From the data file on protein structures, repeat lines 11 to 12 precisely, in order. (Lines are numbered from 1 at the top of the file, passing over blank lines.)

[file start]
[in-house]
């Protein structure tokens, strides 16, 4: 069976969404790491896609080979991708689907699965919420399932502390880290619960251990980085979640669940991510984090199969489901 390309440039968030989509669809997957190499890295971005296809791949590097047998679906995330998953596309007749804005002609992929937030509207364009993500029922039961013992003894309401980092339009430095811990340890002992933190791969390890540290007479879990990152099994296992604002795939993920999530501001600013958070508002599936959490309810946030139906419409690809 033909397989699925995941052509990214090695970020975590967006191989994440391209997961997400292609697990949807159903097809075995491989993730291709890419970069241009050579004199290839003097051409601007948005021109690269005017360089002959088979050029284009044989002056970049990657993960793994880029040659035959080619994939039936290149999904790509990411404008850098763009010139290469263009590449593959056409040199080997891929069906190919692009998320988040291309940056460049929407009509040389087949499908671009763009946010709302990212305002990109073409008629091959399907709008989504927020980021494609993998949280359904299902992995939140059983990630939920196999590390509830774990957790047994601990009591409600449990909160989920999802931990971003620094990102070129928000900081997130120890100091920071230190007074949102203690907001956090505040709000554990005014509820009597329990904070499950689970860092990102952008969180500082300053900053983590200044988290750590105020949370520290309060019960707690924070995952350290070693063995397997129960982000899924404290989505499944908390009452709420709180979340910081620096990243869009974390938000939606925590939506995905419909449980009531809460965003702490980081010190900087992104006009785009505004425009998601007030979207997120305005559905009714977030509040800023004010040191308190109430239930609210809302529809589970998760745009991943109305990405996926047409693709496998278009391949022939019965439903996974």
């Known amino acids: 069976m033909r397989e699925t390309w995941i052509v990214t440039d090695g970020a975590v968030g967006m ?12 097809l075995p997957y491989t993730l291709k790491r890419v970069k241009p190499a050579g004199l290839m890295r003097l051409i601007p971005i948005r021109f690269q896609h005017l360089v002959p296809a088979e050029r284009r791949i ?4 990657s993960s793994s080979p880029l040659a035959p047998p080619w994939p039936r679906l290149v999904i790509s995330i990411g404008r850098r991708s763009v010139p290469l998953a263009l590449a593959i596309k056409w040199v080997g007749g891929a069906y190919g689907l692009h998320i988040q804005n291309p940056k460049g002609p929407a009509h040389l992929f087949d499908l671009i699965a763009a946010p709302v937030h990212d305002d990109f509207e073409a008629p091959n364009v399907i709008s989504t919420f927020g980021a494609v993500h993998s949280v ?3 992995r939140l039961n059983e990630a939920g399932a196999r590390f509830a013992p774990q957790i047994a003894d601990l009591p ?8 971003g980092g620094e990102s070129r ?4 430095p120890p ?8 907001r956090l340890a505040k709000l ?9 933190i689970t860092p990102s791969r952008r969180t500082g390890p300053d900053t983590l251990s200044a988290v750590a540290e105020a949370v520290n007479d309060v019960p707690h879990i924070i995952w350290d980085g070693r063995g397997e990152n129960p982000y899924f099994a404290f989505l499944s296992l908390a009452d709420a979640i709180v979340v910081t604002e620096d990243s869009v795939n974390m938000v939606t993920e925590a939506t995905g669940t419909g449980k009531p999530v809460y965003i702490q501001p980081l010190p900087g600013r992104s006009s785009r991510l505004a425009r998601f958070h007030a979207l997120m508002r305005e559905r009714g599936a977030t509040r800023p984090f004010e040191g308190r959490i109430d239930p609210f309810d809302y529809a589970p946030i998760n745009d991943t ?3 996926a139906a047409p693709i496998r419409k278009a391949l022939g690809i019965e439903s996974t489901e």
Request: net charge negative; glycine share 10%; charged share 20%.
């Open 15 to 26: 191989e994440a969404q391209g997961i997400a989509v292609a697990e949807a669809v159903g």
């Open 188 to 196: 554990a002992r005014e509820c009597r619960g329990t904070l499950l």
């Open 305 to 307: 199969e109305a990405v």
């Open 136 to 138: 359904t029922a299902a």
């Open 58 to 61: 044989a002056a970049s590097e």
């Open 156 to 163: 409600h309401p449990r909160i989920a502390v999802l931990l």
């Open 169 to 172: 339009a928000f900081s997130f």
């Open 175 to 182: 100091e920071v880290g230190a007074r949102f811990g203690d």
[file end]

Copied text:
């Open 169 to 172: 339009a928000f900081s997130f």
């Open 175 to 182: 100091e920071v880290g230190a007074r949102f811990g203690d």